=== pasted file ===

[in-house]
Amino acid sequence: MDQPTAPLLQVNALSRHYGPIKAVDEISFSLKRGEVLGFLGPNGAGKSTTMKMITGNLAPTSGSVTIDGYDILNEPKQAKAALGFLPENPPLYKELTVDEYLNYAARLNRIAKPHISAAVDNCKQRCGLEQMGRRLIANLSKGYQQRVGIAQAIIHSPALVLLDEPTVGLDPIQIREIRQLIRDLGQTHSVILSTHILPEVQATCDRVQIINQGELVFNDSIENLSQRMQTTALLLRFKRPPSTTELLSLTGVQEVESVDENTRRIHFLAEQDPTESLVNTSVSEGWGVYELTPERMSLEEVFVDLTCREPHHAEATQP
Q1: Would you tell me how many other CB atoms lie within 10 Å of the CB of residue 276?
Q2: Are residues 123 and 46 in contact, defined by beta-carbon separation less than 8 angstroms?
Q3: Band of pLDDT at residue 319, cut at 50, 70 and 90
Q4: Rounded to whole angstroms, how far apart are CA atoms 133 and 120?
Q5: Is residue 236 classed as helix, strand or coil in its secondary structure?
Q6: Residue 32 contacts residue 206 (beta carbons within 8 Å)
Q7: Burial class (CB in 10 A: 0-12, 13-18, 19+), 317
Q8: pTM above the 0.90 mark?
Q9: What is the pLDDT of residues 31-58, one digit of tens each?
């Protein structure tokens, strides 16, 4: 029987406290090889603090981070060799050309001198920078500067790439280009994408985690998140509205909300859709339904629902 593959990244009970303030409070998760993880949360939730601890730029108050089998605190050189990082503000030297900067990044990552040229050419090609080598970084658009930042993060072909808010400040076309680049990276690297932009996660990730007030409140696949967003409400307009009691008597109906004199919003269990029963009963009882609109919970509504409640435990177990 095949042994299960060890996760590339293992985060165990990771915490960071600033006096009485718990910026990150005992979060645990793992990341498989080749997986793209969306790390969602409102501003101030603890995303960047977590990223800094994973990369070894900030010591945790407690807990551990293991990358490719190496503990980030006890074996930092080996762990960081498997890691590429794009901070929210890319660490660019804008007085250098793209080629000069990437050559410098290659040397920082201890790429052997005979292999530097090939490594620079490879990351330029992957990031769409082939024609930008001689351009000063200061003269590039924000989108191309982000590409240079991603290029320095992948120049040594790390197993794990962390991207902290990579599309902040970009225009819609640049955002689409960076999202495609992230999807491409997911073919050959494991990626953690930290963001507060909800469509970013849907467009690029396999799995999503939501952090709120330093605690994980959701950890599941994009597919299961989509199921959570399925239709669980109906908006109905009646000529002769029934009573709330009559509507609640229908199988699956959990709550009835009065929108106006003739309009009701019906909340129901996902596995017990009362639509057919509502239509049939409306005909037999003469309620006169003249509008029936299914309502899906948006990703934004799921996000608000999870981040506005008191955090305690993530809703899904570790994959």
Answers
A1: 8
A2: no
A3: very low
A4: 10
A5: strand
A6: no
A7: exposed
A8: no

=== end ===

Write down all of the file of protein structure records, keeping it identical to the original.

[in-house]
Amino acid sequence: MDQPTAPLLQVNALSRHYGPIKAVDEISFSLKRGEVLGFLGPNGAGKSTTMKMITGNLAPTSGSVTIDGYDILNEPKQAKAALGFLPENPPLYKELTVDEYLNYAARLNRIAKPHISAAVDNCKQRCGLEQMGRRLIANLSKGYQQRVGIAQAIIHSPALVLLDEPTVGLDPIQIREIRQLIRDLGQTHSVILSTHILPEVQATCDRVQIINQGELVFNDSIENLSQRMQTTALLLRFKRPPSTTELLSLTGVQEVESVDENTRRIHFLAEQDPTESLVNTSVSEGWGVYELTPERMSLEEVFVDLTCREPHHAEATQP
Q1: Would you tell me how many other CB atoms lie within 10 Å of the CB of residue 276?
Q2: Are residues 123 and 46 in contact, defined by beta-carbon separation less than 8 angstroms?
Q3: Band of pLDDT at residue 319, cut at 50, 70 and 90
Q4: Rounded to whole angstroms, how far apart are CA atoms 133 and 120?
Q5: Is residue 236 classed as helix, strand or coil in its secondary structure?
Q6: Residue 32 contacts residue 206 (beta carbons within 8 Å)
Q7: Burial class (CB in 10 A: 0-12, 13-18, 19+), 317
Q8: pTM above the 0.90 mark?
Q9: What is the pLDDT of residues 31-58, one digit of tens each?
């Protein structure tokens, strides 16, 4: 029987406290090889603090981070060799050309001198920078500067790439280009994408985690998140509205909300859709339904629902 593959990244009970303030409070998760993880949360939730601890730029108050089998605190050189990082503000030297900067990044990552040229050419090609080598970084658009930042993060072909808010400040076309680049990276690297932009996660990730007030409140696949967003409400307009009691008597109906004199919003269990029963009963009882609109919970509504409640435990177990 095949042994299960060890996760590339293992985060165990990771915490960071600033006096009485718990910026990150005992979060645990793992990341498989080749997986793209969306790390969602409102501003101030603890995303960047977590990223800094994973990369070894900030010591945790407690807990551990293991990358490719190496503990980030006890074996930092080996762990960081498997890691590429794009901070929210890319660490660019804008007085250098793209080629000069990437050559410098290659040397920082201890790429052997005979292999530097090939490594620079490879990351330029992957990031769409082939024609930008001689351009000063200061003269590039924000989108191309982000590409240079991603290029320095992948120049040594790390197993794990962390991207902290990579599309902040970009225009819609640049955002689409960076999202495609992230999807491409997911073919050959494991990626953690930290963001507060909800469509970013849907467009690029396999799995999503939501952090709120330093605690994980959701950890599941994009597919299961989509199921959570399925239709669980109906908006109905009646000529002769029934009573709330009559509507609640229908199988699956959990709550009835009065929108106006003739309009009701019906909340129901996902596995017990009362639509057919509502239509049939409306005909037999003469309620006169003249509008029936299914309502899906948006990703934004799921996000608000999870981040506005008191955090305690993530809703899904570790994959």
Answers
A1: 8
A2: no
A3: very low
A4: 10
A5: strand
A6: no
A7: exposed
A8: no